In the US, the Port of Los Angeles has introduced a voluntary speed reduction program for commercial cargo ships, applying a 12-knot speed restriction within a 20 nautical mile radius of the port. The rationale for the scheme is to reduce ships' air pollutant emissions, with air quality benefits estimated at up to 3.4 tonnes NOx reductions per day. There has been a good level of compliance with this voluntary scheme.

Finally, it is worth mentioning that six EU shipping companies have registered for the European Commission's Eco-Management and Audit Scheme (EMAS). This means they have committed themselves to achieve continuous improvements in their environmental performance, including the reduction of atmospheric emissions beyond regulatory requirements.

5. Implications of Enlargement

The implications of EU enlargement are significant with respect to atmospheric emissions from seagoing ships. Ten of the thirteen EU candidate countries have sea borders, four in the Baltic, four in the Mediterranean and three in the Black Sea, and ship movements to and/or from candidate country ports represent a significant proportion of all ship movements in EU sea areas.

There are known to be serious problems of acidification and marine eutrophication in the Baltic Sea area, and NGOs in the region recently called for EU action on ship emissions. Candidate countries in the Mediterranean share the problems of air quality experienced by EU Mediterranean states - particularly with respect to ground-level ozone (photochemical smog). And throughout the enlarged EU, port cities face problems of local air quality as a result of SO2, NOx and PM emissions from ships.

Two candidate countries - Malta and Cyprus - have a large share of the world fleet under their flag (representing 9% of world shipping tonnage between them), so their accession to the EU should lend weight to the EU during negotiations at the IMO.

The Commission has therefore been keen to involve candidate country representatives in consultations on this strategy, including on the parallel proposal to amend directive 1999/32 on the sulphur content of marine fuels.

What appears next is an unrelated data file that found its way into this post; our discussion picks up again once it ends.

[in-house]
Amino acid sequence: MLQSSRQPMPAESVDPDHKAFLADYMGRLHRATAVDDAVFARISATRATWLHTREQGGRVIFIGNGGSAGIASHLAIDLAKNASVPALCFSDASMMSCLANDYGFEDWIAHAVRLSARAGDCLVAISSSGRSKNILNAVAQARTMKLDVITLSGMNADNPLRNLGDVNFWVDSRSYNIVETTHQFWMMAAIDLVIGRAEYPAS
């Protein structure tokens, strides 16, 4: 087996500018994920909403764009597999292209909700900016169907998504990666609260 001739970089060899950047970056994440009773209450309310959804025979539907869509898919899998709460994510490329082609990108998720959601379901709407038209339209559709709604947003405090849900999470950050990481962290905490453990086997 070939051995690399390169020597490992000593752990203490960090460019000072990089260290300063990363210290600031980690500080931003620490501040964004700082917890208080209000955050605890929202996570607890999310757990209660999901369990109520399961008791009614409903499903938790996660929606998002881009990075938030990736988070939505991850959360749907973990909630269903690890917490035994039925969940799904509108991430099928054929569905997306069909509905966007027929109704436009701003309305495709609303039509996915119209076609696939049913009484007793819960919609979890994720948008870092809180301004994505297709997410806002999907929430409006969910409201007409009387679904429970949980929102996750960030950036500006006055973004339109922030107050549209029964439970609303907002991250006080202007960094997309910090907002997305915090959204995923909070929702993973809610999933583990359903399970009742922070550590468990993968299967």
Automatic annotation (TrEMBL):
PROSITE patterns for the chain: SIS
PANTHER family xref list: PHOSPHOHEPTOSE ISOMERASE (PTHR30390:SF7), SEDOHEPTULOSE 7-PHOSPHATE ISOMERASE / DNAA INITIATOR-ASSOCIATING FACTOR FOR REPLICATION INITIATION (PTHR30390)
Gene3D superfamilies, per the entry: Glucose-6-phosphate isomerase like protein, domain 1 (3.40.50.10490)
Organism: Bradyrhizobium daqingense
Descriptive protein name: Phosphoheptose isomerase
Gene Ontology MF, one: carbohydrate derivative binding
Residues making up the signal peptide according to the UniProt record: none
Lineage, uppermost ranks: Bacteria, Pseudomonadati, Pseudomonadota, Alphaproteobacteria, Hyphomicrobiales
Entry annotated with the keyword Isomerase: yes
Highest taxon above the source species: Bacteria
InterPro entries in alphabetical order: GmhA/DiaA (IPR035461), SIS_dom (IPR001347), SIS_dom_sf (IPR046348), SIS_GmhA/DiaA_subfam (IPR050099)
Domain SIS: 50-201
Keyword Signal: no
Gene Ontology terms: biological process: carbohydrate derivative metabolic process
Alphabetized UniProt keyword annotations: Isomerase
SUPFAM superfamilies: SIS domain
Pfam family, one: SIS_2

6. The Way Forward

6.1 Objectives

The overall objective of this strategy is to reduce the contribution of ships' atmospheric emissions towards environmental and human health problems in the EU. Prescriptive targets have not been included; but the Commission does propose a number of objectives to guide EU and national policies in the longer term. These objectives are:

* To reduce ships' emissions of SO2 where they contribute to exceedances of critical loads for acidification, and where they affect local air quality

* To reduce ships' emissions of NOx where they contribute to exceedances of critical loads for acidification and eutrophication, and to levels of ground-level ozone which affect human health and vegetation

* To reduce ships' emissions of primary particles where they affect local air quality

* To reduce ships' emissions of VOCs where these contribute to levels of ground-level ozone which affect human health and vegetation

* To reduce ships' unitary emissions of CO2

* To eliminate emissions of ozone-depleting substances on all ships operating in EU waters

This chapter sets out a number of ways in which the Commission intends to work towards the objectives, including the actions the Commission itself intends to take, and actions it recommends to other parties.

6.2 International action through the IMO

International action through the IMO is the best way to regulate the environmental performance of ships of all flags, wherever they travel on the world's seas. It is also the most effective way to reduce emissions from vessels flagged outside the EU which travel in EU seas but which do not stop at EU ports. The Commission's study of year 2000 ship movements suggests that transit traffic represents around 50% of the ship movements in EU waters, and that ships flagged outside the EU are responsible for 50% of emissions.